The Counselor of Embassy in China (Lochhart) to the Secretary of State
[Received January 12—4:23 p.m.]
25. 1. Following is a summary of comments made to an officer of the Embassy by Fukuoka, Domei correspondent from Tokyo, who has been making a tour of occupied areas including Canton, Hankow, Shanghai, Peiping and who purports to have had numerous conversations with high Japanese military and civil officials at these places.
2. The Yangtze will probably be opened soon to commercial navigation as far as Wuhu. The reason for its continued closure has not been a desire to monopolize all trade, which the Japanese know could not be accomplished, but to prevent foreign shipping and other firms from acquiring the bulk of the trade for themselves during a period when Japanese commercial vessels are commandeered for military purposes and are not available for purely commercial purposes. Even the reactionary Japanese military present policy of excluding foreign trade is unprofitable; what Japan has done there was to “export” a large number of Japanese civilians to places such as Nanking and now finds that it must export food and clothing to keep them alive; this is not expanding Japanese trade and is not profitable.
3. General Kita6 is no longer strongly opposed to Doihara’s7 plan for a “federal” government headed by Wu Pei Fu8 but the Japanese have come to realize that Wu is too old-fashioned to be of great use, his name means little to the people any more, and probably means nothing to the people in Central China. One reason why plans of this sort have not succeeded is because of disagreement among interested Japanese. There is too much “spot psychology” among Japanese military leaders in China; i. e., the commander in Peiping insists on going his own way and does not always take kindly to advice from Tokyo. This is true in Hankow, Canton and Shanghai and prevents adoption of policies originated in Tokyo where the military and civil [Page 127] officials have achieved a fair amount of unity of purpose any [and?] agreement as to ways and means.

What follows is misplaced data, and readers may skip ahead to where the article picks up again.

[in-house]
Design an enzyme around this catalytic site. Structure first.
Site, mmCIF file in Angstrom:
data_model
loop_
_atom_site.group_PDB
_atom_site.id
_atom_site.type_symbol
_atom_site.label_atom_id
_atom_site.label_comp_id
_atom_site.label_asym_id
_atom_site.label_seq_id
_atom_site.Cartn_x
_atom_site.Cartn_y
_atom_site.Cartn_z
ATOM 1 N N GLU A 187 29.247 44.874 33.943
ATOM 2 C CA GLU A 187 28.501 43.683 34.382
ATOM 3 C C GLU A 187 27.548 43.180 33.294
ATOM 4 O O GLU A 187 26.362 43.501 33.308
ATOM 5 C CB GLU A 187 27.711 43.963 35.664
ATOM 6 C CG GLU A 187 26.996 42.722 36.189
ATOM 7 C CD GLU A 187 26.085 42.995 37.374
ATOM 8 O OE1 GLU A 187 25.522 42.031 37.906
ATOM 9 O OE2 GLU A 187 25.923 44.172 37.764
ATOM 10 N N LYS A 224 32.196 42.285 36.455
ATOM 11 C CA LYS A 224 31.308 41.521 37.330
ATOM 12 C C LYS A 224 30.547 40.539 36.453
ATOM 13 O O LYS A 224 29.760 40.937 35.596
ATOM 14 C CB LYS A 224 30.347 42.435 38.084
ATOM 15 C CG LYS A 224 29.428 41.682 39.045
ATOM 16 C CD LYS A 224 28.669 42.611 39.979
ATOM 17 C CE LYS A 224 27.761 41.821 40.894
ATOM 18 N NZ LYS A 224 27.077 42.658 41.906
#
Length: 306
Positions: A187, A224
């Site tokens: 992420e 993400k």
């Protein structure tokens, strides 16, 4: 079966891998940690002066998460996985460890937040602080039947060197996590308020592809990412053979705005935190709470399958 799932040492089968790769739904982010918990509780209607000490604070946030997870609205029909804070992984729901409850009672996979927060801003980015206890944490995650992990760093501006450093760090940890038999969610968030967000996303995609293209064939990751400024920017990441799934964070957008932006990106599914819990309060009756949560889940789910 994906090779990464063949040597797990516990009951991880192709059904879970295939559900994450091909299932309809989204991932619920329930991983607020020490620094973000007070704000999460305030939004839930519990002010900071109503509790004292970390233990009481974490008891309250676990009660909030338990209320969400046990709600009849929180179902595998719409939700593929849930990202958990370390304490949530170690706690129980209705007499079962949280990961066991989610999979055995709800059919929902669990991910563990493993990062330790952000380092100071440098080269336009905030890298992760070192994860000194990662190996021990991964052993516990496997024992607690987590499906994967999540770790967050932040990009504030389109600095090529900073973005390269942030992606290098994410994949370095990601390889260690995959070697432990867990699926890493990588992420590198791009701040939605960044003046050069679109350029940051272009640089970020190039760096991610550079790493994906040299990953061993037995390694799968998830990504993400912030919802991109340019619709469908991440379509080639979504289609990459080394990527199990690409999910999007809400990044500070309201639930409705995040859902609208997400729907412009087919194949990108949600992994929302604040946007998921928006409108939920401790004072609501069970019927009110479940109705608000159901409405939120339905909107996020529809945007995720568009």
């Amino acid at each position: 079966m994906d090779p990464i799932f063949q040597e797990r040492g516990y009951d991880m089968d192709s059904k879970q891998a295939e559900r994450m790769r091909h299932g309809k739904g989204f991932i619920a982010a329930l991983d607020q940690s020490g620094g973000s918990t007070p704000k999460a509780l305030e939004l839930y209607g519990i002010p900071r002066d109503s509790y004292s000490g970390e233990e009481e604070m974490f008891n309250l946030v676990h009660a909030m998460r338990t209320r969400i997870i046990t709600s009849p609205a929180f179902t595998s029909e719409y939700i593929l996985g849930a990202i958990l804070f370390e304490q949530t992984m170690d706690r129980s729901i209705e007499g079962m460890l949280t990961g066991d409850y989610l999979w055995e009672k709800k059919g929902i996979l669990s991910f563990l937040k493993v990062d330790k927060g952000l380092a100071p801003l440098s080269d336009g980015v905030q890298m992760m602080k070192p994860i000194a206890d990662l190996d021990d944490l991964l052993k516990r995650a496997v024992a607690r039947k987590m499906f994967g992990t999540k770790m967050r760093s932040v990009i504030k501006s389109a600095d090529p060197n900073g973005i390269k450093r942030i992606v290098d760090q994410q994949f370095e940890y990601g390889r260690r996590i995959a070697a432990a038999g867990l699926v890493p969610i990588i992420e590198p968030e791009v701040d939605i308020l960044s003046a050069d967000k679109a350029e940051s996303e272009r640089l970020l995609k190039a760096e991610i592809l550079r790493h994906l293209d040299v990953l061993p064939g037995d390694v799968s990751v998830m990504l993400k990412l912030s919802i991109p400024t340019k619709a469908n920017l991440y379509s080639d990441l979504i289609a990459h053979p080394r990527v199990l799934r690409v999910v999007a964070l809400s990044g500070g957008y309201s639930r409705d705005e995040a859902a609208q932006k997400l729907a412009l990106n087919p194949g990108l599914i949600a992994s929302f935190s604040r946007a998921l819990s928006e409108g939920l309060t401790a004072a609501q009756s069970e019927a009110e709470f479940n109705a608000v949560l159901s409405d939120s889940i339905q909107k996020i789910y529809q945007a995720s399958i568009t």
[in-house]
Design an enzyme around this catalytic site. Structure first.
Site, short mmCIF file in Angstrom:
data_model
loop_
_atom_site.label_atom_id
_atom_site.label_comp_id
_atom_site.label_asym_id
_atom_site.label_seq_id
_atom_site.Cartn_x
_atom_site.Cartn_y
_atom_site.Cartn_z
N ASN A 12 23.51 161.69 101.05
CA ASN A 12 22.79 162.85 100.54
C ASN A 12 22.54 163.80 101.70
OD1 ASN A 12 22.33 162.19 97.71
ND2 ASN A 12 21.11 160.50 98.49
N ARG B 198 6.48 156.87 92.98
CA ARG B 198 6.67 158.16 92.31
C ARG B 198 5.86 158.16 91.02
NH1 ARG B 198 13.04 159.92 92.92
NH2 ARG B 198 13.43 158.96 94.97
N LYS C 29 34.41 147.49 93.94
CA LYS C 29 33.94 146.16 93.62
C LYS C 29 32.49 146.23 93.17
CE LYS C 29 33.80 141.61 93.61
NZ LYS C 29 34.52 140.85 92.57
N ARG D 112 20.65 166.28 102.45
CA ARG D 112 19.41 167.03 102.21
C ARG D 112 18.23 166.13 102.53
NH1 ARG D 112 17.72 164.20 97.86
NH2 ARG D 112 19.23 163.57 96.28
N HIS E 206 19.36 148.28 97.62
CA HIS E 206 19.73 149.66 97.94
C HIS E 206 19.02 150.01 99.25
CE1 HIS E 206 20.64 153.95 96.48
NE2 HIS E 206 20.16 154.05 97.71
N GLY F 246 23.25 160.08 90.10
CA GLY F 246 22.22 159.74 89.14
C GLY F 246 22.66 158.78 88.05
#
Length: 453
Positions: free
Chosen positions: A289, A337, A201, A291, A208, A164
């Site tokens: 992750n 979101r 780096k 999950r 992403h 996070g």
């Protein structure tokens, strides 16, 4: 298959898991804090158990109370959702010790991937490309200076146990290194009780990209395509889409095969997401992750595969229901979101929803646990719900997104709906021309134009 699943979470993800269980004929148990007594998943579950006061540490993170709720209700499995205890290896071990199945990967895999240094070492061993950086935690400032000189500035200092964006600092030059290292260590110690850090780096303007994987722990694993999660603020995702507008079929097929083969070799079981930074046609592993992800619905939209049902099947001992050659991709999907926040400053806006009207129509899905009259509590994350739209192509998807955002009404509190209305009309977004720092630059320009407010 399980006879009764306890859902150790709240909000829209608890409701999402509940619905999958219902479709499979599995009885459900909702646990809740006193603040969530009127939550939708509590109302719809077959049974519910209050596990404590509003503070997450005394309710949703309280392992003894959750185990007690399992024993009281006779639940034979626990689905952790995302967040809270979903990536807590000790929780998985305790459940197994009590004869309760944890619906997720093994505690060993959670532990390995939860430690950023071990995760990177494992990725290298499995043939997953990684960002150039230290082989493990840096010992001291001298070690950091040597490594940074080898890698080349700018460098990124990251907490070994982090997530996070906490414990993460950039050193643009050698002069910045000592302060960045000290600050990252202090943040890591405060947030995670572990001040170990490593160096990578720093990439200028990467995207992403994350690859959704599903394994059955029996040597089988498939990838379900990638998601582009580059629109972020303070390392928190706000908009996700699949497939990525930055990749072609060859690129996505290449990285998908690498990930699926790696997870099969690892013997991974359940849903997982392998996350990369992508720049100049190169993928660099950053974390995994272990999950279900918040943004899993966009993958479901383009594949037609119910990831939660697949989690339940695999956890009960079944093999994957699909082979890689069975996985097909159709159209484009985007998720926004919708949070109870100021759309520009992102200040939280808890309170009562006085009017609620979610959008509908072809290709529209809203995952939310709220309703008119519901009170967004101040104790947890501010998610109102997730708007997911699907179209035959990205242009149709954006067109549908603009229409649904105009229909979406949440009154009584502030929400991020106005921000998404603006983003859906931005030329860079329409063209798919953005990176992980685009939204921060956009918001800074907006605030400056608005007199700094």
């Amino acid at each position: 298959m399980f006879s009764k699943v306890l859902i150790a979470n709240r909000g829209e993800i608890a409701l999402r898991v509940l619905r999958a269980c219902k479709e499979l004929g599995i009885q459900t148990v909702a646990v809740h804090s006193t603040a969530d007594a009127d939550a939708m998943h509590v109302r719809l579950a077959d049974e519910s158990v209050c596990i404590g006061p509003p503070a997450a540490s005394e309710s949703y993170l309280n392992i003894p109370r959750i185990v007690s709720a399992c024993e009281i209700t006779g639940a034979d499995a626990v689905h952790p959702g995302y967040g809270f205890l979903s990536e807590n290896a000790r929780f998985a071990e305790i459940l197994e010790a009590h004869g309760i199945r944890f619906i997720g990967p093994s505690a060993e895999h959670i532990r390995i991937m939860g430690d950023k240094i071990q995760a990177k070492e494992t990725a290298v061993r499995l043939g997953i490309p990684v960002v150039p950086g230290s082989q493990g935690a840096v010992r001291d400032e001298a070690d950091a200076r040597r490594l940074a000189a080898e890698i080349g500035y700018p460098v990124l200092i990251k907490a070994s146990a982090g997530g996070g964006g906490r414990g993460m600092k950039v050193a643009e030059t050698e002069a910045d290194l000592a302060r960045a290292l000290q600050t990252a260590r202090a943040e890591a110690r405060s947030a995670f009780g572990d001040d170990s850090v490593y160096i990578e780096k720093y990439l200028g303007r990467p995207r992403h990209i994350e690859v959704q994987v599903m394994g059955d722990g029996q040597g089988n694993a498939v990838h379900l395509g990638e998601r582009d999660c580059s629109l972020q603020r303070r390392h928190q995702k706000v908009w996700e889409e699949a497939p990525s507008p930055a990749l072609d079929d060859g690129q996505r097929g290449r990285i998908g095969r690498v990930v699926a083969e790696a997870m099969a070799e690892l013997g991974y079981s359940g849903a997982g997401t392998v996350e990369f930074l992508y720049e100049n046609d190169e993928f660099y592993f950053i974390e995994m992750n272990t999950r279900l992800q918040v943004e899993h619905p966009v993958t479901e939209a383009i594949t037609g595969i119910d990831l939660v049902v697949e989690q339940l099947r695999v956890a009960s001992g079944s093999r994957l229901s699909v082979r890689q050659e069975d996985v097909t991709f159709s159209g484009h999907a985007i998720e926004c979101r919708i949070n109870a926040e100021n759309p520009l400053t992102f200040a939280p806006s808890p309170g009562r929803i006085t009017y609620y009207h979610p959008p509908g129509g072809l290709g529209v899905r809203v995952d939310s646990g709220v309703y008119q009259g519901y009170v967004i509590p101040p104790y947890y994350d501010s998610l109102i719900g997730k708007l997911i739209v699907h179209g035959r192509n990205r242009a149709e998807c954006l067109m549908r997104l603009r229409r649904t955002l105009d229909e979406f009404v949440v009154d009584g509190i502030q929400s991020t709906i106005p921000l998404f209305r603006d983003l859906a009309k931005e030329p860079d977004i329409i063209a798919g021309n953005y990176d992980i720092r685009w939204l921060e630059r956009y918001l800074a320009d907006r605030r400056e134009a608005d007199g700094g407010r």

4. The restrictions against the British and French Concessions at Tientsin are evidence of this “spot psychology”. They are much more an expression of the wishes of the local Japanese military than of the Government in Tokyo which has tried to be conciliatory with foreign powers and will undoubtedly continue as much as it can a conciliatory policy now that the Home Minister Suetsugu has been eliminated from the Cabinet.
5. If Wang Ching Wei’s defection was “by connivance with Japanese” it would be most unwise for the Japanese to attempt to set him up as the head of a government in Nanking or elsewhere in the occupied areas. If Wang were to be of practical use in the cause of peace he should have been left in Chungking to influence his colleagues in the party and Government in that direction. In occupied territories he would be merely a traitor and useless. The best thing for him to do now is to go abroad for a while.
6. Repeated to Chungking, Nanking, Shanghai. By mail to Tokyo.